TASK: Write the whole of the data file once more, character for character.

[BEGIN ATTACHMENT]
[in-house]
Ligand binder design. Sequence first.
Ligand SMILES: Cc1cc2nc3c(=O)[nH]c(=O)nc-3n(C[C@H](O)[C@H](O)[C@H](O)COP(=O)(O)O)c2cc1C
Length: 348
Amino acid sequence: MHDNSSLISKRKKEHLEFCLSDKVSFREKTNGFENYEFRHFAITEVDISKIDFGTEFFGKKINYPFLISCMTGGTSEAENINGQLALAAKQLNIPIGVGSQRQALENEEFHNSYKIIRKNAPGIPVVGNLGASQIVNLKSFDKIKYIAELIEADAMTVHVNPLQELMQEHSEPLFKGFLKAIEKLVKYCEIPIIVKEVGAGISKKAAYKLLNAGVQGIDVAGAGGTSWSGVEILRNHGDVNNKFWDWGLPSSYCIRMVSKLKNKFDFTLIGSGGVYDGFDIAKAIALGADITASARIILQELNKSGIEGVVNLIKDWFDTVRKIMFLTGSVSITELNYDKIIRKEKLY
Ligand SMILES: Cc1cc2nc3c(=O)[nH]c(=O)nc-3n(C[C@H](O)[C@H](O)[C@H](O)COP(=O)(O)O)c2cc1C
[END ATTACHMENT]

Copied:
[in-house]
Ligand binder design. Sequence first.
Ligand SMILES: Cc1cc2nc3c(=O)[nH]c(=O)nc-3n(C[C@H](O)[C@H](O)[C@H](O)COP(=O)(O)O)c2cc1C
Length: 348
Amino acid sequence: MHDNSSLISKRKKEHLEFCLSDKVSFREKTNGFENYEFRHFAITEVDISKIDFGTEFFGKKINYPFLISCMTGGTSEAENINGQLALAAKQLNIPIGVGSQRQALENEEFHNSYKIIRKNAPGIPVVGNLGASQIVNLKSFDKIKYIAELIEADAMTVHVNPLQELMQEHSEPLFKGFLKAIEKLVKYCEIPIIVKEVGAGISKKAAYKLLNAGVQGIDVAGAGGTSWSGVEILRNHGDVNNKFWDWGLPSSYCIRMVSKLKNKFDFTLIGSGGVYDGFDIAKAIALGADITASARIILQELNKSGIEGVVNLIKDWFDTVRKIMFLTGSVSITELNYDKIIRKEKLY
Ligand SMILES: Cc1cc2nc3c(=O)[nH]c(=O)nc-3n(C[C@H](O)[C@H](O)[C@H](O)COP(=O)(O)O)c2cc1C